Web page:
Discover the magic and memories of Christmas history and traditions at the National Christmas Center!
By: Yvonne Klemets Wright
Need a little Christmas Spirit? Directly on business Rt. 30 just shy of the famed outlets in the heart of Pennsylvania Dutch Country sits the National Christmas Center dedicated to preserving and sharing precious memories of Christmases past and present, near and far. Chances are you’ve driven past this little gem. Within minutes of your visit you’ll be sure to get into the Christmas spirit.
The museum boasts 20,000 square feet of galleries complete with wax figures that bring the holiday to life for visitors big and small. You’ll start your tour with a history of Christmases celebrated around the world. I personally found this to be a terrific model of how I celebrated a traditional Swedish Christmas as a child and was happy to share these memories with my own children.
Following along you’ll be greeted by a lively, eclectic collection of vintage store merchandise at a replica of Woolworth’s 5&10 –- America’s first “five and dime” store which opened more than 125 years ago in Lancaster, PA.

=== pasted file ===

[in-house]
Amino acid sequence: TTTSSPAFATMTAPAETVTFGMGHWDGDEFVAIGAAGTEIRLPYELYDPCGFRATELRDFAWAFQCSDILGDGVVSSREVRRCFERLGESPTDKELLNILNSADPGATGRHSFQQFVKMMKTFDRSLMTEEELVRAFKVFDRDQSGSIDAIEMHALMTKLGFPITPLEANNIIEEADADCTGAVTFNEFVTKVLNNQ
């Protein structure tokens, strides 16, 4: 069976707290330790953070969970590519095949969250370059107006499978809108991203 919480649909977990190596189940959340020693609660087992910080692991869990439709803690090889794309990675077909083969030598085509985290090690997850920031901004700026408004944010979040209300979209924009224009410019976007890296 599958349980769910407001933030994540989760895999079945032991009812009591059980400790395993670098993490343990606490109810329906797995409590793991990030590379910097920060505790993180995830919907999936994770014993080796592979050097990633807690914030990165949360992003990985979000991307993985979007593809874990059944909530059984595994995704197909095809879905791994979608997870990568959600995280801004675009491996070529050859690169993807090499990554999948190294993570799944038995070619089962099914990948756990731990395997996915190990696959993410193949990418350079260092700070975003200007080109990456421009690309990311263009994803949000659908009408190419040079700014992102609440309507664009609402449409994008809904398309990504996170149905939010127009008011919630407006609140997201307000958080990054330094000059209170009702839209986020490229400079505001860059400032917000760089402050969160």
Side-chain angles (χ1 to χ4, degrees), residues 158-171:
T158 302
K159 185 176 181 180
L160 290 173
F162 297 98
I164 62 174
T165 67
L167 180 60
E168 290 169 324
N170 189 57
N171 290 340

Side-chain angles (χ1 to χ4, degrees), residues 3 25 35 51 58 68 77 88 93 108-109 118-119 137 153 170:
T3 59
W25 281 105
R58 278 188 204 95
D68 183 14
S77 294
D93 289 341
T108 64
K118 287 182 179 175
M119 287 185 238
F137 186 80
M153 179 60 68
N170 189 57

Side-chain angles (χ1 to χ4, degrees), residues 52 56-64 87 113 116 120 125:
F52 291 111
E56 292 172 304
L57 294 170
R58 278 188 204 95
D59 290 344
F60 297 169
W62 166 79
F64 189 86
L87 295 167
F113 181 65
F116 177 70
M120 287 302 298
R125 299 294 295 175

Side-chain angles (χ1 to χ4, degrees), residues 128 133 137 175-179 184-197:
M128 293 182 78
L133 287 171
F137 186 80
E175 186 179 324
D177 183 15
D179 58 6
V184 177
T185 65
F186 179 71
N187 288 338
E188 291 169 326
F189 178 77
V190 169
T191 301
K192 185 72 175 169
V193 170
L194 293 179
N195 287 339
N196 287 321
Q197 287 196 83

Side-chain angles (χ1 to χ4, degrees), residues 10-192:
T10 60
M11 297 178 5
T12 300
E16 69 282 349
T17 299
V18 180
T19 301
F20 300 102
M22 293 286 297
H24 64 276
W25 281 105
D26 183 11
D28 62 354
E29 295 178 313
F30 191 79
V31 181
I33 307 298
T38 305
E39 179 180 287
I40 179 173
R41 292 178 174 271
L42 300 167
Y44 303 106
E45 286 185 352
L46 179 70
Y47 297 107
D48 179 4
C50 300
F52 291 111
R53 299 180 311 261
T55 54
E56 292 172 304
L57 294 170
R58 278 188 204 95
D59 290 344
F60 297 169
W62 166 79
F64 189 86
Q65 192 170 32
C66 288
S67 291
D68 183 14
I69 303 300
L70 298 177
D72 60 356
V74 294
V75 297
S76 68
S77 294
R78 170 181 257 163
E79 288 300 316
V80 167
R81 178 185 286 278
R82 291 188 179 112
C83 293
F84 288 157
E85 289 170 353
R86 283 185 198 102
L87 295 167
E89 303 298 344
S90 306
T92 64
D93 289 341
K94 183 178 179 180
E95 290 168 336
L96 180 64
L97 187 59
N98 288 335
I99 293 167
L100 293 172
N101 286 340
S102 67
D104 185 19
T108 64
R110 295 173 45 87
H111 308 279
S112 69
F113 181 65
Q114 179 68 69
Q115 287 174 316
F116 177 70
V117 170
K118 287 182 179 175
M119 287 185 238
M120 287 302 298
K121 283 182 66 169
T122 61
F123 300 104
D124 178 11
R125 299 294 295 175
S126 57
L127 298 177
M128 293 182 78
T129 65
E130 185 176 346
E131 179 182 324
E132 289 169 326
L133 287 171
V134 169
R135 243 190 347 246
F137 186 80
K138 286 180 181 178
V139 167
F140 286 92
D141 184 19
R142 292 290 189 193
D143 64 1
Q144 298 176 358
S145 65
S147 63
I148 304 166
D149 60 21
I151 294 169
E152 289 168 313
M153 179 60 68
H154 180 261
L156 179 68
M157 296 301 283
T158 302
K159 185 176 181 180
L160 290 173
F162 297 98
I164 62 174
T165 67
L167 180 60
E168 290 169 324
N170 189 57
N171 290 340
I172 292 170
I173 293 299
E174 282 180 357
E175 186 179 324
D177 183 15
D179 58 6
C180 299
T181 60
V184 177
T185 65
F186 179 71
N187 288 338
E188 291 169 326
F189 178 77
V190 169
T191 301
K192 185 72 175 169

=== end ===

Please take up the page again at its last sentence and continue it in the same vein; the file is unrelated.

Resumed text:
Enter Santa’s North Pole Workshop complete with animated characters who surround this winter wonderland. There you’ll meet Kris Kringle and have an opportunity to share with him your Christmas wish list. This Santa is hands-down the most realistic Santa I’ve encountered in my 36 years and took a great deal of patience and time to speak with my children, adding to the realism and eliminating the hustle and bustle of being rushed off of his lap. Prices for photos start at $12.99.
As you leave Santa’s Workshop you’ll step into the pages of a story book as you walk the cobblestone streets of TudorTowne Animated Village and then into Toyland, a mountain of electric trains circling the trunk of a giant Christmas tree.
You’ll end your tour where Christmas began as you view Mary and Joseph in a breathtaking life-sized scene of The First Christmas.
The National Christmas Center is open to the public daily May through the New Year. While I recommend visiting the Center during the holiday season, there is an annual festival held the second Saturday in July that looks equally as fun.
For admission prices and hours of operation, please visit http://www.nationalchristmascenter.com/default.aspx